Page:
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Nonetheless, it is possible to use data on past migration as a reasonable estimate for the future, just as past fertility and religious switching patterns are used in this report to model future fertility and switching.

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The Pew Research Center, in collaboration with researchers at the International Institute for Applied Systems Analysis, has developed an innovative technique to estimate recent migration patterns and their religious breakdown. First, recent changes in the origins and destinations of migrants worldwide are estimated using census and survey data about the migrant population living in each country.

Finally, the religious breakdown of migrant flows is used to calculate migration rates into and out of most countries by religion, by sex and by five-year age groups. For more detail on how future migration was projected, see the Methodology. Between and , approximately 19 million people are expected to move across international borders. Muslim migrants, numbering about 6 million in total, are expected to come largely from the Asia-Pacific and Middle East-North Africa regions, migrating within those same regions as well as to Europe and North America.

As a result of these movements from one region to another, the Asia-Pacific region is projected to experience a net loss of approximately 2 million Muslims and , Hindus between and The Latin America-Caribbean region is likely to see a net loss of 3 million Christians from migration. And sub-Saharan Africa is projected to have a net loss of about , Christians and Muslims, combined. However, the birth rates in these regions are relatively high, and their current populations are relatively young.

Consequently, their total populations are projected to grow despite emigration, and the outflows are not likely to significantly change their religious makeup. By contrast, net inflows of migrants are expected to have a substantial impact on the religious makeup of many countries in Europe, North America and the Middle East-North Africa region. For example, a net inflow of 1 million Muslims is projected to occur in Europe between and Smaller numerical gains from migration also are projected in Europe for both Buddhists and Hindus. Religious minorities in North America also are expected to experience net gains from migration between and , including Muslims about , , Hindus about , and Buddhists about , These religious groups are expected to come from all over the world, but primarily from Asia and the Pacific.

The Middle East-North Africa region is likely to see a net inflow of Hindus and Christians through migration, primarily to the oil-rich Gulf states. Hindus are expected to come principally from India and Nepal, while Christians are projected to come from the Philippines, other countries in Asia and the Pacific and Europe.

To see how much impact migration has on the projections, researchers compared the main projection scenario used in this report with an alternative scenario in which no international migration occurs after A variety of factors, including higher birth rates and a bulging youth population among Muslims in Europe, underlie this expected increase. But immigration also plays a role. The projected share of Muslims in Europe in is nearly two percentage points higher than in the alternative scenario with no new migration.

In certain countries, the impact is even greater. In an alternative scenario involving no additional immigration to Sweden after , the Muslim share of the population still would increase by , but only to 6.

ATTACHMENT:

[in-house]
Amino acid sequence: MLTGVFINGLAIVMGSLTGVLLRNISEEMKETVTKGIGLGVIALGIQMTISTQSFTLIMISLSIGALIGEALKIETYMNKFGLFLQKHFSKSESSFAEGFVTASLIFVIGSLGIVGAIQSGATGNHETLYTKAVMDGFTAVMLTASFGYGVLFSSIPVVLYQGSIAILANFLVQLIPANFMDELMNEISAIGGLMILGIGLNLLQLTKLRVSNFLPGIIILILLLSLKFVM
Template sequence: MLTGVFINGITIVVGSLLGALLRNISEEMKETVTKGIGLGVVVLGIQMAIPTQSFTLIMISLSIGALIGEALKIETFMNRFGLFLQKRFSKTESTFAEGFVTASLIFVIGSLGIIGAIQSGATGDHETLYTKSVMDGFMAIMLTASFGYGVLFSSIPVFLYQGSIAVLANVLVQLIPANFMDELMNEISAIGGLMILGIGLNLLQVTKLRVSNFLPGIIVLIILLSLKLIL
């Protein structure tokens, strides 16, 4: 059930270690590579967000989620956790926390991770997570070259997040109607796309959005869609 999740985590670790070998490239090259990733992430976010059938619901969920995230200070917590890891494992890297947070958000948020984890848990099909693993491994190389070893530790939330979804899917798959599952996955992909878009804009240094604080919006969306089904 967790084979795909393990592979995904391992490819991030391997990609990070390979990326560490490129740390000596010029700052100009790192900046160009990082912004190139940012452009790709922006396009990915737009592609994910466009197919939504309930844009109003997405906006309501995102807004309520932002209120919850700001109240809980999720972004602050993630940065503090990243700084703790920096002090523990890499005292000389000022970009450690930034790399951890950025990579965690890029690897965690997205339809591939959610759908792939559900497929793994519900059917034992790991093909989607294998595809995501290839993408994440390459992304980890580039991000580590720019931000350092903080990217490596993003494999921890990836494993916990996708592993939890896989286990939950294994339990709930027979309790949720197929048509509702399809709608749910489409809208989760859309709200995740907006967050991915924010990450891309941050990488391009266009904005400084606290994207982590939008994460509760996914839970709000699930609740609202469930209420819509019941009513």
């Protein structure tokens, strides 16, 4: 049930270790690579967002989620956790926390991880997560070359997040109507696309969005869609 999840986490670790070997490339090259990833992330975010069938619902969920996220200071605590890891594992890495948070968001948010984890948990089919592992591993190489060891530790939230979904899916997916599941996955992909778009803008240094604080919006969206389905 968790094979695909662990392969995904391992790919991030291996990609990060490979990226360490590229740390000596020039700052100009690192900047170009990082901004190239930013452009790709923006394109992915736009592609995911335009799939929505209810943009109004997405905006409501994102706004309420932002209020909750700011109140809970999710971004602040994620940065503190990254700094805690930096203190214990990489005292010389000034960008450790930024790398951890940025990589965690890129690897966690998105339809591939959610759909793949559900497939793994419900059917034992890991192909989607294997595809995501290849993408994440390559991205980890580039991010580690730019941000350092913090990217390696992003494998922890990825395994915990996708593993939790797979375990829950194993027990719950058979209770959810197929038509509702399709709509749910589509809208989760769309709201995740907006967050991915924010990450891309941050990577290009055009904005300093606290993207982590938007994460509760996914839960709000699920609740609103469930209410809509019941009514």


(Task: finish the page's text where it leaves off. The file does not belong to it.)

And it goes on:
In addition to Sweden, the European countries in which migration is projected to make the biggest impact on the Muslim population — a difference of at least three percentage points — are Norway, Spain and the United Kingdom. In North America, minority religious groups including Muslims, Hindus, Buddhists, other religions and the unaffiliated also are projected to grow, partly due to immigration. For example, Muslims are projected to make up 2.

Similarly, the ranks of the religiously unaffiliated in North America are forecast to be 1.


A few countries in the Asia-Pacific region are likely to experience religious change due to immigration. For example, Australia and New Zealand are projected to have slight increases in their non-Christian populations, as Muslims, Buddhists and Hindus continue moving to these two countries. Muslim and Christian populations are forecast to grow in economic hubs such as Hong Kong and Japan as immigrants belonging to these religious groups move from various countries in East Asia, including Indonesia and the Philippines.

The Middle East-North Africa region also is expected to experience substantial religious change when immigration is factored into the projections, mostly due to anticipated migration to Gulf Cooperation Council GCC countries. Although migration is expected to boost the religious diversity of GCC countries, all the Gulf states are projected to retain Muslim majorities in Religious change also can occur as a result of emigration, the movement of people out of a country or region.

But across the Middle East and North Africa as a whole, the emigration of Christians is expected to be offset by an influx of Christian immigrants in the Gulf Cooperation Council countries. Indeed, the net number of Christians entering GCC countries is expected to be about three times as large 1.


Emigration of smaller religious groups from some regions is expected to have a noticeable effect. For example, most of the projected decline in the number of Jews in Europe from 1. And most of the expected decline of Hindus in Latin America and the Caribbean from , in to , in is due to Hindu emigration out of the region, mainly to North America. With a population currently estimated at more than 1. Measuring religious affiliation in China relies on imperfect surveys and other sources of data, including reports by official religious bodies, ethnic proxies for Muslims , and estimates by religious groups operating in networks that are not approved by the Chinese government.

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Surveys that do exist, for instance, seem to underreport unregistered groups and Chinese folk religions in particular. Therefore, not only are current estimates only rough estimates, but reliable data on recent trends are unobtainable. Furthermore, in the past decade hundreds of millions of Chinese have moved from the countryside — where unregistered practice was reported by observers to be higher — to cities where religious networks may not have been transferred or replaced.